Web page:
KB Article | Forcepoint Support

Problem Description

How do I configure rules to allow Sun RPC portmapper traffic in the NGFW? How do I configure the rules so that they do not affect other non-RPC traffic negatively?


Sun RPC services differ from other services in terms of matching criteria. Where other services can match against transport level protocol and the port information of a connection, RPC service matching is based on an RPC program number and (optionally) a program version. This means the transport level protocol and port(s), which are specified and constant in other services, are unspecified and variable in any RPC service.
The Next Generation Firewall RPC support is implemented by the following five components:
  • Sun Portmapper Protocol Agents (PAs) - in both UDP and TCP versions
  • Node RPC Cache
  • RPC Query Daemon (RPCQD)
  • Packet Filter
The Sun Portmapper PAs collect information about RPC services by interpreting the GET PORT and DUMP PORTS requests and their respective answers. All collected information is stored in the RPC Cache.
Note This Protocol Agent is not a requirement to allow RPC traffic to pass through the firewall, if external Portmappers are using standard port 111. Its purpose is to improve the RPC program number matching performance. Portmapper PAs support only RPC version 2.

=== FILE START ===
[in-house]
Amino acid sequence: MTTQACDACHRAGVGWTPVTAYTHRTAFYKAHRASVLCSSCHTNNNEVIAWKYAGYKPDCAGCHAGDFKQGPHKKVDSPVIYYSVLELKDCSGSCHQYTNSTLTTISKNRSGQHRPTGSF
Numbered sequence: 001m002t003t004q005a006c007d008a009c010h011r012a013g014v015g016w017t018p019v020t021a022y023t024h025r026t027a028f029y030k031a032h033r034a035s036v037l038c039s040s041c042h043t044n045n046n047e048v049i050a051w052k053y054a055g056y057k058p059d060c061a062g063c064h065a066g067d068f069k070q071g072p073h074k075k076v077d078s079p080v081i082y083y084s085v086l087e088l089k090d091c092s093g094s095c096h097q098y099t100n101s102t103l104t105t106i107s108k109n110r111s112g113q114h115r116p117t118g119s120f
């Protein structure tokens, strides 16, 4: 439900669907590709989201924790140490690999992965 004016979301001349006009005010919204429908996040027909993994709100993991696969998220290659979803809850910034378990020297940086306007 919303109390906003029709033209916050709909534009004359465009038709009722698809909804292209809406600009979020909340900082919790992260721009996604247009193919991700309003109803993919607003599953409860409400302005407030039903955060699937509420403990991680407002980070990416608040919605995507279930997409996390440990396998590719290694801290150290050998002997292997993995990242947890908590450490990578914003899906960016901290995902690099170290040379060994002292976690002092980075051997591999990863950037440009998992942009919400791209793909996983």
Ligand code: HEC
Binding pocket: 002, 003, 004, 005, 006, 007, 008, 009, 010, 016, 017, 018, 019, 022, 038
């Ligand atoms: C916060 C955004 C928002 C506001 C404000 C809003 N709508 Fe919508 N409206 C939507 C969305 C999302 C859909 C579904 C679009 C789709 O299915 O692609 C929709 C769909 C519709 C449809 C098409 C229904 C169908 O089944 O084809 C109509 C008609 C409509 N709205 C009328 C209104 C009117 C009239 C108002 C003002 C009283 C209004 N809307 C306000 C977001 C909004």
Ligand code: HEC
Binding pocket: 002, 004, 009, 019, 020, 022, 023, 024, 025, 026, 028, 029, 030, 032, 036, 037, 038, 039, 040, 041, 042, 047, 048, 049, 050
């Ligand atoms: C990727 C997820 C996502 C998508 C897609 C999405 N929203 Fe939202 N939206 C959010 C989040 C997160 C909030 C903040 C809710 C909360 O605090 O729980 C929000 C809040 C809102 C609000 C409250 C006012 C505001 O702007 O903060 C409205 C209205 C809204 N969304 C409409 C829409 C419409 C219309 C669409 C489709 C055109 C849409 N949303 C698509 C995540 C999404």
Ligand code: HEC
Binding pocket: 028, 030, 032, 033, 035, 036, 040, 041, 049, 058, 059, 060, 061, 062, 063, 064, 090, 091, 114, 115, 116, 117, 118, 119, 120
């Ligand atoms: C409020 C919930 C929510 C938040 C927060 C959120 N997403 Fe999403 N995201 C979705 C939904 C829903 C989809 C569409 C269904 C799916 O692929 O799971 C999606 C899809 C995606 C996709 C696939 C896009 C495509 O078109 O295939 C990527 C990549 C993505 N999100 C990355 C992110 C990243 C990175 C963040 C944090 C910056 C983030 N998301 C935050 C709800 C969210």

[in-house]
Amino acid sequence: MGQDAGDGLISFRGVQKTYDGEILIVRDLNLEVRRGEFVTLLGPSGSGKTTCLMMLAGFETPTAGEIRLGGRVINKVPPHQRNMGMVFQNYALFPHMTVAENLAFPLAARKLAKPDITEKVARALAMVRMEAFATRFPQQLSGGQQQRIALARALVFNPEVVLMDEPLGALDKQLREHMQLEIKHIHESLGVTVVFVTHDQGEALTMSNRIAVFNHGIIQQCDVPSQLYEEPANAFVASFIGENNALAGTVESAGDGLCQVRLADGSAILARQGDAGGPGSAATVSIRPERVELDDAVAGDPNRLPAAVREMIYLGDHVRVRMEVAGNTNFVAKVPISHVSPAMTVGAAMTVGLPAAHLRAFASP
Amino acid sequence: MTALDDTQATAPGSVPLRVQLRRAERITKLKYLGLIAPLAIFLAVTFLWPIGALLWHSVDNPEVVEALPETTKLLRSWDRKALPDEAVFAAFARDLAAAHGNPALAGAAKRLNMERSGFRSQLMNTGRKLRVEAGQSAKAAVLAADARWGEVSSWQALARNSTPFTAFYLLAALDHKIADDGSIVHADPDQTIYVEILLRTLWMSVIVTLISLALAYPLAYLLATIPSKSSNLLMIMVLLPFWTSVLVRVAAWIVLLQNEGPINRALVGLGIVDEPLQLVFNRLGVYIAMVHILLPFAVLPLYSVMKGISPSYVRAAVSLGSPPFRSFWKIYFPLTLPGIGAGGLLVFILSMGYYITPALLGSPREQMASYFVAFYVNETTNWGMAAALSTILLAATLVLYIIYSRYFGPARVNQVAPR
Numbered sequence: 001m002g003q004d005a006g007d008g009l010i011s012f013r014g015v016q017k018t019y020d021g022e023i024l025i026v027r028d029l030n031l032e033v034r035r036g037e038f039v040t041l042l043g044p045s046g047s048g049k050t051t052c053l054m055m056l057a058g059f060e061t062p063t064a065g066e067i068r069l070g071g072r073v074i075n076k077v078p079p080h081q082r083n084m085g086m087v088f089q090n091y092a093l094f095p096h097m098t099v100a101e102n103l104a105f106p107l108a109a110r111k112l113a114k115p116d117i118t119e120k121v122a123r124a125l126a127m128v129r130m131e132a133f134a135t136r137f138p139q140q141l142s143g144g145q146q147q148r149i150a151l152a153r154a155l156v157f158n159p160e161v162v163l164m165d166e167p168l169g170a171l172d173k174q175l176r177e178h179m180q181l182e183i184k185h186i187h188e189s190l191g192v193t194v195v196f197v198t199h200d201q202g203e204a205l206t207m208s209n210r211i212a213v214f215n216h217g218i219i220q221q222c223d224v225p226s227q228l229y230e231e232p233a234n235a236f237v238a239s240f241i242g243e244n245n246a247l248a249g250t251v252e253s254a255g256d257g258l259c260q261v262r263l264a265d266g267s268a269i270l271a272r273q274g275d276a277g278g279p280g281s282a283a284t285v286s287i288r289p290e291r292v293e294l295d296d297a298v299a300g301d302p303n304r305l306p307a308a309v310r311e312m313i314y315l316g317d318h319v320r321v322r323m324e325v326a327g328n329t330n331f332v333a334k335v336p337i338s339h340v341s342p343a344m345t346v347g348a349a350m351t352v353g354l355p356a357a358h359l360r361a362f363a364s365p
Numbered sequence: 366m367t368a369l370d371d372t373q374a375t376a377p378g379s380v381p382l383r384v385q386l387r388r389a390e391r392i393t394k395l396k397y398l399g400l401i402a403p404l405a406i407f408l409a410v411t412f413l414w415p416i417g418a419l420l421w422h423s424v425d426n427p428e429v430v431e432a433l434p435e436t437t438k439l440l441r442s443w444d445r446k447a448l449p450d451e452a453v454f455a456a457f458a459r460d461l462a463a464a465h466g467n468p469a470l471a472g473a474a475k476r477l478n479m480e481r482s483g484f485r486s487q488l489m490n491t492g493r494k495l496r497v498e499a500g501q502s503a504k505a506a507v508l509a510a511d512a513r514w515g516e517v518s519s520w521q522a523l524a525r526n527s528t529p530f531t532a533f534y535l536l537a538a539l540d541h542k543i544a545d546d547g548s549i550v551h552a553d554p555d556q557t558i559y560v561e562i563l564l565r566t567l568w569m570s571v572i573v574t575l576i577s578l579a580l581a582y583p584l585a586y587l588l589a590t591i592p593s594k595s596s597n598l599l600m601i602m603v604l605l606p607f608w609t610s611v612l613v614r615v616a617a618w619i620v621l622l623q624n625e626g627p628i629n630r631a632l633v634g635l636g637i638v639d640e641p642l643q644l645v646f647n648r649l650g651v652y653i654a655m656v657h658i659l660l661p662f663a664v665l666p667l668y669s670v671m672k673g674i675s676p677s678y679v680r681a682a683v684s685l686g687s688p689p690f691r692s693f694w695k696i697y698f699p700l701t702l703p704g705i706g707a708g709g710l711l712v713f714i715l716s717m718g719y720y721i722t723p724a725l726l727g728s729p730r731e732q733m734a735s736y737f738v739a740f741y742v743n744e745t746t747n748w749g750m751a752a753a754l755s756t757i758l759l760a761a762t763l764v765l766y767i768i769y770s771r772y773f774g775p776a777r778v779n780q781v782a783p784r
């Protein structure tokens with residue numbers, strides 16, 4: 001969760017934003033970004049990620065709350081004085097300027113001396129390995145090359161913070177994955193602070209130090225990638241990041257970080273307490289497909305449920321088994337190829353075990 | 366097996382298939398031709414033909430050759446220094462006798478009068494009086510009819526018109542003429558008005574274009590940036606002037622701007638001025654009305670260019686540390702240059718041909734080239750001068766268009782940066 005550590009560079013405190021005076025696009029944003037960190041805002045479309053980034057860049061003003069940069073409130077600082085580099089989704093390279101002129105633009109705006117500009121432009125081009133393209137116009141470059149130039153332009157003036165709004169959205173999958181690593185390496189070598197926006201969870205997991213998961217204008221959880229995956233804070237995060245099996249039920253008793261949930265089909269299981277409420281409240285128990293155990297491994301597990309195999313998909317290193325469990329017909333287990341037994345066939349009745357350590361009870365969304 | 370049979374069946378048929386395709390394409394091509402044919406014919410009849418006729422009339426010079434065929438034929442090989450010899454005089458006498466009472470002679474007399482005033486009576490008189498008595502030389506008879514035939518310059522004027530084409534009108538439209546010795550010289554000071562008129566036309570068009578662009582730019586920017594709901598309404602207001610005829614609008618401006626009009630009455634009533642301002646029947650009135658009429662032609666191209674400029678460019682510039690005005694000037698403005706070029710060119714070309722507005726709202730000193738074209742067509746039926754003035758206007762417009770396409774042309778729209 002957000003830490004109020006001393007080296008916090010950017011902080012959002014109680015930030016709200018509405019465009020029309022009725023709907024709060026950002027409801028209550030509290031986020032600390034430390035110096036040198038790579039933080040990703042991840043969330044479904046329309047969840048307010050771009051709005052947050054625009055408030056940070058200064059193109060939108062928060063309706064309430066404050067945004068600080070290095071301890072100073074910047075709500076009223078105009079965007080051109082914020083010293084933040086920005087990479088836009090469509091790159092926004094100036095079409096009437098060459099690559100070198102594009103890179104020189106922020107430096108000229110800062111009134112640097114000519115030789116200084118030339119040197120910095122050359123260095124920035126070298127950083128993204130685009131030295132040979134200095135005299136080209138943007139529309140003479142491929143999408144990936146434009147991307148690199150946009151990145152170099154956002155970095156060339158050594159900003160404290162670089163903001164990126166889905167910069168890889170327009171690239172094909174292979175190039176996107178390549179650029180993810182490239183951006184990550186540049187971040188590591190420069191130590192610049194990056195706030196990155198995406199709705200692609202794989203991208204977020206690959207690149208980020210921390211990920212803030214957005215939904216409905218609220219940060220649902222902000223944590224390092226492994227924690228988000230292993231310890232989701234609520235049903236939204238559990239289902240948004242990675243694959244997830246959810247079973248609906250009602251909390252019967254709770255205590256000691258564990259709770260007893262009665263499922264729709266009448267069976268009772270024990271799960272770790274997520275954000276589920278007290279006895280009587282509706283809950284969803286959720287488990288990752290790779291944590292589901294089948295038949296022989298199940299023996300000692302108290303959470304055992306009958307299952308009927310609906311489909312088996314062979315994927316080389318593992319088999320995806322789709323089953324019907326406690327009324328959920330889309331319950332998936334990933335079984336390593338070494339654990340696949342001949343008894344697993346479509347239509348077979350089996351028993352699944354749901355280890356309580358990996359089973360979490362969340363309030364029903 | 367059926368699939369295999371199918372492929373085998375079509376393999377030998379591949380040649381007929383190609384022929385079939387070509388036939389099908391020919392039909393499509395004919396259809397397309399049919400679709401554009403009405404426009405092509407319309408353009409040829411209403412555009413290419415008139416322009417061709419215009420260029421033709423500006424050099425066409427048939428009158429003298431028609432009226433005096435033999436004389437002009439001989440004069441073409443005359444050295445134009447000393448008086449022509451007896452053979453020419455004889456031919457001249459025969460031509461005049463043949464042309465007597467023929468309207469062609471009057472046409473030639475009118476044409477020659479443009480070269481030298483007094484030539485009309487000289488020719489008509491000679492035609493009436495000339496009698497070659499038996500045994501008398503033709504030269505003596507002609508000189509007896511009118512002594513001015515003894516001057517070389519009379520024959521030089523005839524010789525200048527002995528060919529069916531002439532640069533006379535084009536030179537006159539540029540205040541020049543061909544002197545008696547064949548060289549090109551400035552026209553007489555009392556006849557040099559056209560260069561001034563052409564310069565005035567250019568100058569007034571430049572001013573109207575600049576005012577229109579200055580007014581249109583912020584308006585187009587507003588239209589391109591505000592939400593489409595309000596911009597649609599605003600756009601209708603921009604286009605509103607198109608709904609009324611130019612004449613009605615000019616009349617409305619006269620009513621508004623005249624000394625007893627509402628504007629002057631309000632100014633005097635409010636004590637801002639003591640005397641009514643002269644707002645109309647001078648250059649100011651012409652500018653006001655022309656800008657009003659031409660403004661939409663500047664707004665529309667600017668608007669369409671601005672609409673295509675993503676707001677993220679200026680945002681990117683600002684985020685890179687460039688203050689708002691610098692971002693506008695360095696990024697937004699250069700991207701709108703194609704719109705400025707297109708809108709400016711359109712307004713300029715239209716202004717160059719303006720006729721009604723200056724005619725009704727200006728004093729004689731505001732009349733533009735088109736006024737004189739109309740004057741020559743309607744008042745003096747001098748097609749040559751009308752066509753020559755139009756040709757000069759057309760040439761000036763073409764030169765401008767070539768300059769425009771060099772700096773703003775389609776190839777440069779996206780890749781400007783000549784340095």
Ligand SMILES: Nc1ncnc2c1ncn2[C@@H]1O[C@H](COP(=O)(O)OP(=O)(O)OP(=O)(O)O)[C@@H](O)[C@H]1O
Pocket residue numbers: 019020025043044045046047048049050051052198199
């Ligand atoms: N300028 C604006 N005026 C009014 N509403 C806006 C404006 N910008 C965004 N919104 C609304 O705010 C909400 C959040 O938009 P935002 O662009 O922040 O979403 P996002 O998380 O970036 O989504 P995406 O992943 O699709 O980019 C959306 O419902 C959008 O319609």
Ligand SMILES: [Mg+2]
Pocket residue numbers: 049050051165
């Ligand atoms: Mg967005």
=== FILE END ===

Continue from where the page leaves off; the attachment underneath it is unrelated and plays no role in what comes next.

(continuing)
When the Packet Filter needs to evaluate RPC matches, it consults the RPC Cache to check if the packet destination lists the appropriate service defined in the packet filter rule. If the RPC Cache does not have the requested information available, the packet under evaluation is not allowed through, and a query is sent to the RPC Query Daemon. The daemon in turn queries the destination host for the required RPC information and stores the results in the RPC Cache.
Configuring Next Generation Firewall for RPC Traffic:
When a security policy contains a rule referring to an RPC program number, it is essential you pay attention to the structure of the rule base. To configure your Next Generation Firewall to use RPC services properly, always follow these considerations: